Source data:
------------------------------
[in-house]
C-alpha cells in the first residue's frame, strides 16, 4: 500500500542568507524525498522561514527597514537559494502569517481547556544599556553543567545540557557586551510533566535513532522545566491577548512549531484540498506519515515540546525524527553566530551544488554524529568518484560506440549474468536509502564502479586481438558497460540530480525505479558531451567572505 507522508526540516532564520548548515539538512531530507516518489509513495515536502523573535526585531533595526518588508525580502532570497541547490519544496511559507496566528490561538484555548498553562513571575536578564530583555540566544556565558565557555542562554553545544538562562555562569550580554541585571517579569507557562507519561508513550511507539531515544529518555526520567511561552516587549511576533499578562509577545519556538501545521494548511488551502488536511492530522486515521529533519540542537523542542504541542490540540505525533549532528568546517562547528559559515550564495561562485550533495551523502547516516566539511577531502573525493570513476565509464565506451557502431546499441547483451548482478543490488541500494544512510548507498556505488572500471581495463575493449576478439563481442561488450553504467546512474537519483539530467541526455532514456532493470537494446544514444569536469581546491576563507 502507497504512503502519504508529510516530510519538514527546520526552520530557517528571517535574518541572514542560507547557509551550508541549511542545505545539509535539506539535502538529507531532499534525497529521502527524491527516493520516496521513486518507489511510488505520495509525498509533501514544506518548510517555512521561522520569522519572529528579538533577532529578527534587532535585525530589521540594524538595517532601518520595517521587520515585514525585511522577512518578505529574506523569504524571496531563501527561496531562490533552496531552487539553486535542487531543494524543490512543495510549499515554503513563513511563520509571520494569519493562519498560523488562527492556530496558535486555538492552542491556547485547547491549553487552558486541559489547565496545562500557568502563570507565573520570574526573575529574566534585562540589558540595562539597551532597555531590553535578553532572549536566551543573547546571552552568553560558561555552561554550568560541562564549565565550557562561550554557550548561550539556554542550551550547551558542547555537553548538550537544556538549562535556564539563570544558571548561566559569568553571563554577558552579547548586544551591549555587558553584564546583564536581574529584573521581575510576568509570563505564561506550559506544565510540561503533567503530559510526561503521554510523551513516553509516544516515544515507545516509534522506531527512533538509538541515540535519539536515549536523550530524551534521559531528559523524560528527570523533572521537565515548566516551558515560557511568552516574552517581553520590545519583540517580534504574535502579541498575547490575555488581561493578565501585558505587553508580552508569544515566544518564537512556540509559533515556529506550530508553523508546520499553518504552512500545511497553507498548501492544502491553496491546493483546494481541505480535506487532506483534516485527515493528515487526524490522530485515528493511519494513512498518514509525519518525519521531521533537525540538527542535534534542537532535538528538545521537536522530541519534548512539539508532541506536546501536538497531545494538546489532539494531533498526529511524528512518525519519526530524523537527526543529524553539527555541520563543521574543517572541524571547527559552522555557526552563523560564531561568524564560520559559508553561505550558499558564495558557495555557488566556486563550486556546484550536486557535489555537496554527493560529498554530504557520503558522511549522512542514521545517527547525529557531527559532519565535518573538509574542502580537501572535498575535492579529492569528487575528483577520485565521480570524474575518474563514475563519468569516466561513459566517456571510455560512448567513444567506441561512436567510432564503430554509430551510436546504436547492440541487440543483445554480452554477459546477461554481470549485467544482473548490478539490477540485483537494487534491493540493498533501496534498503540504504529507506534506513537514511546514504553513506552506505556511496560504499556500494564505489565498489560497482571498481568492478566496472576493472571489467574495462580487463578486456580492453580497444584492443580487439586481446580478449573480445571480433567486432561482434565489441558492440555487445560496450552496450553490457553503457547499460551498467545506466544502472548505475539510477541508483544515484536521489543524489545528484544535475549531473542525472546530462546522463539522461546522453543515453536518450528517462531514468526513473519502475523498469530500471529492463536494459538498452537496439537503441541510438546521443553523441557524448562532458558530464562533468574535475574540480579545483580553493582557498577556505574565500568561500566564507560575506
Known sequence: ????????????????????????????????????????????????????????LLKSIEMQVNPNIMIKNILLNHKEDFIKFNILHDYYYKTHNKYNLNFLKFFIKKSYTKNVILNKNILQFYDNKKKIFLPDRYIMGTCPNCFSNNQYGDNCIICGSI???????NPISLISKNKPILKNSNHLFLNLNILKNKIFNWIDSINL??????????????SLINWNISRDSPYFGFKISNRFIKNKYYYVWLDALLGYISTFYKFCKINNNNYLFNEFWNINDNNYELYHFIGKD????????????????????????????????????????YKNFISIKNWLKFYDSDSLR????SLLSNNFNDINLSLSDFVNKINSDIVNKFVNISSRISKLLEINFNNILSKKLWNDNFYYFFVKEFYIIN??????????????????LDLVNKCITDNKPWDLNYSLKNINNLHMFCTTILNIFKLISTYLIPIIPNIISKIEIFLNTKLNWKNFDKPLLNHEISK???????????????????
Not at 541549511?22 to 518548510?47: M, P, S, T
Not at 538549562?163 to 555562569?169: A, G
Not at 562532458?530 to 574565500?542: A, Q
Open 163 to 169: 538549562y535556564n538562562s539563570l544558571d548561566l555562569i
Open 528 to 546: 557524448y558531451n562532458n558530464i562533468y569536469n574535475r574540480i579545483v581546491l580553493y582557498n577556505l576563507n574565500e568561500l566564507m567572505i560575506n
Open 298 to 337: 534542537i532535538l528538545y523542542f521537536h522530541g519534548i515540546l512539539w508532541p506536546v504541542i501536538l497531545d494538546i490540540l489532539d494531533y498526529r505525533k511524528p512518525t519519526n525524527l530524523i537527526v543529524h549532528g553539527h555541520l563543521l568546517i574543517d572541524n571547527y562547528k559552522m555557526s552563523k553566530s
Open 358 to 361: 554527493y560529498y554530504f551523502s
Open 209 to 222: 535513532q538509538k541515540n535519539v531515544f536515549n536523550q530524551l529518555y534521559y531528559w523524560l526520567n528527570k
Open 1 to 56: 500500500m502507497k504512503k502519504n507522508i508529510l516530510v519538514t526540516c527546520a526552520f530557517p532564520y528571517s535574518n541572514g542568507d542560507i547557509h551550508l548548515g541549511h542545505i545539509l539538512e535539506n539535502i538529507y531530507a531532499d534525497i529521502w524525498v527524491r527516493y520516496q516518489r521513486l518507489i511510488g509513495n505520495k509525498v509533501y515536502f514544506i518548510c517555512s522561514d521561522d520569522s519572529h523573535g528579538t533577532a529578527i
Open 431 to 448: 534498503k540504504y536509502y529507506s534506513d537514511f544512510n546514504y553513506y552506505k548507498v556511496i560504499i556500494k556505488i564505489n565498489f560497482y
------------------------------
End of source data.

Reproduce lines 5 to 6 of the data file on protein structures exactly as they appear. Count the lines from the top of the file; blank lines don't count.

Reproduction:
Not at 538549562?163 to 555562569?169: A, G
Not at 562532458?530 to 574565500?542: A, Q